The answer is almost certainly yes. Altman reports that satisfaction among those in lower-deductible plans is 61%, with 30% dissatisfied. For those with higher deductible plans, the split is 46-48%. Over 90% of marketplace customers accessing low deductible plans do so via the strong CSR available to those with incomes under 200% FPL.

The next question is whether enrollees under either income threshold (150% or 200% FPL) are likelier to identify as Democrats. As Altman stresses, as a factor in itself, partisan affiliation weighs even more heavily than deductibles in respondents' perception of help or harm. But if the partisan gap somewhat matches an income gap (a big if -- I don't know whether it does), the partisan lenses may be ground by reality, and least in part.

Update: It's well known that lower income people tend to vote Democratic (and also vote less). But we don't know (or at least I don't) whether marketplace enrollees under 200% FPL lean more Democratic than marketplace enrollees over that threshold.

UPDATE, 5/20: here is the breakout of those who obtained high- vs. low-deductible plans, by party affiliation (among the 90-92% who offered one) and income:

While Democrats and Republicans make up near-identical percentages of those who obtained high-deductible plans, more than three times as many Democrats as Republicans (in an admittedly small sample) obtained low-deductible plans.  I think it's fair to infer that among the large majority of low-deductible enrollees with incomes below 250% FPL, Democrats are far more heavily concentrated than Republicans. It's worth keeping in mind, too, per the footnote below, that as more holdout states embrace the ACA Medicaid expansion, the large chunk of enrollees below 138% FPL (the cutoff for Medicaid eligibility in expansion states) will shrink. That will reduce the percentage of marketplace enrollees with low-deductible coverage, and so probably degrade enrollees' ratings of their plans. In fact, it may already already have.  In 2015, 64% of enrollees in low-deductible plans had incomes under 250% FPL. compared to 59% this year, while the overall percentage in lower deductible plans dropped from 46% to 35%.** In 2015, 74% of individual market enrollees rated their plans excellent or good, versus 64% this year.


* It might be particularly useful to break out the responses of buyers in the 100-138% FPL range. With a handful of exceptions, those buyers exist only in states that refused the ACA Medicaid expansion, which makes Medicaid available to all adults with incomes up to 138% FPL. In non-expansion states, eligibility for private plan subsidies begins at 100% FPL, rather than 138%. Buyers in that range pay just 2% of income for a silver plan that covers 94% of average costs. In nonexpansion states such as Florida, Texas, Mississippi, Alabama and the Carolinas, they're likely to be heavily minority.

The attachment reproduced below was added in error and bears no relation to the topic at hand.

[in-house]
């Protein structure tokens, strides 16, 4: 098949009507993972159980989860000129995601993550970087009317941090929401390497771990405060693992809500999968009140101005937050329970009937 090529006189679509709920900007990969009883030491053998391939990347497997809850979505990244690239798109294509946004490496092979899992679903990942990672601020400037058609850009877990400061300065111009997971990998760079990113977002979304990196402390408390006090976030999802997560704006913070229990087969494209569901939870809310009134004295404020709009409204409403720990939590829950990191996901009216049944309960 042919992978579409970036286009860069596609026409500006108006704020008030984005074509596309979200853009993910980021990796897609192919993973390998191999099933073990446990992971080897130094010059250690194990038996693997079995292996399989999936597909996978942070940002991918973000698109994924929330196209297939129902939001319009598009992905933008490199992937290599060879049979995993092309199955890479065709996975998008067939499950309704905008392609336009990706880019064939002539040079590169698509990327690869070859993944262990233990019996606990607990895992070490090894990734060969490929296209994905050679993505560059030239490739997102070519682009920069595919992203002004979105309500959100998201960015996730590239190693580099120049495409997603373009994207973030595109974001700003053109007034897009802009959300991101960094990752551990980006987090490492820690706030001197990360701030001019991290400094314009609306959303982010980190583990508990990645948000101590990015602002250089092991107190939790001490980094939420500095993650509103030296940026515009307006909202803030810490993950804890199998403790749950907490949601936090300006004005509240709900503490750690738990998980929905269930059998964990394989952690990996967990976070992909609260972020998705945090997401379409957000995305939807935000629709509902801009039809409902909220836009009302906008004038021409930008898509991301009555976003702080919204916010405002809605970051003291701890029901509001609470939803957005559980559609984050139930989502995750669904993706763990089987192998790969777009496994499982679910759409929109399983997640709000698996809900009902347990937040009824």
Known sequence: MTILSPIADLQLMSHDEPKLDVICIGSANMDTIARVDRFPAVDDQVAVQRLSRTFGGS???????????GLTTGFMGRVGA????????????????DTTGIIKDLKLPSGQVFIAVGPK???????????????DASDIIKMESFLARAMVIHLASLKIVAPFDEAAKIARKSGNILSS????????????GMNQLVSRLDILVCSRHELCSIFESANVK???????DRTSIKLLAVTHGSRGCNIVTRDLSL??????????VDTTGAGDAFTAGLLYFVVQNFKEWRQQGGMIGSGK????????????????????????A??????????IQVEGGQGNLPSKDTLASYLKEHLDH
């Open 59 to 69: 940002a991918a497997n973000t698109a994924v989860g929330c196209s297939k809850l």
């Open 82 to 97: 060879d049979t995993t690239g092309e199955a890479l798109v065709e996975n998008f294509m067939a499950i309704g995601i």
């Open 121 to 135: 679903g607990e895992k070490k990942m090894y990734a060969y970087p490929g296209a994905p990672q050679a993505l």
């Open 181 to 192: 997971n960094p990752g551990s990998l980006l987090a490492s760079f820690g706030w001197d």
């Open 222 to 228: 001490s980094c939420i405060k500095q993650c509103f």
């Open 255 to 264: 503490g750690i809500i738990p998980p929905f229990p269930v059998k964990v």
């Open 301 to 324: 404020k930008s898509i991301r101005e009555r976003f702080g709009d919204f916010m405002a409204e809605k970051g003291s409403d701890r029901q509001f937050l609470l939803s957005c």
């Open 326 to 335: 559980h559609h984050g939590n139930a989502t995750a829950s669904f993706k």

There may be some dissatisfaction among such enrollees, because their expenses, while comparatively low,  can be burdensome at that income level, as Kaiser's recent focus group study of newly insured people indicated (Kaiser also reported that many in marketplace coverage were  hit with unexpected bills for services they thought were covered). But still, I suspect they are likelier to be more satisfied than higher income enrollees.

** Updated and corrected: originally, I read misread those percentages as the total percentage of enrollees under 250% FPL.


  1. When you are living at 100% of FPL, any health care expenses over $1 are burdensome. There are many accounts in health care literature where a $10 copay actually lowered utilization. The NY Times had an article not long ago about a woman who had a great ACA plan for $30 a month, but she let it lapse when a car repair took precedence.

    Of course there are other cases where buying cigarettes and I-phones takes away the money for health care. I feel there will always be some portion of our population that need free health care.

    1. Medicaid is the no cost insurance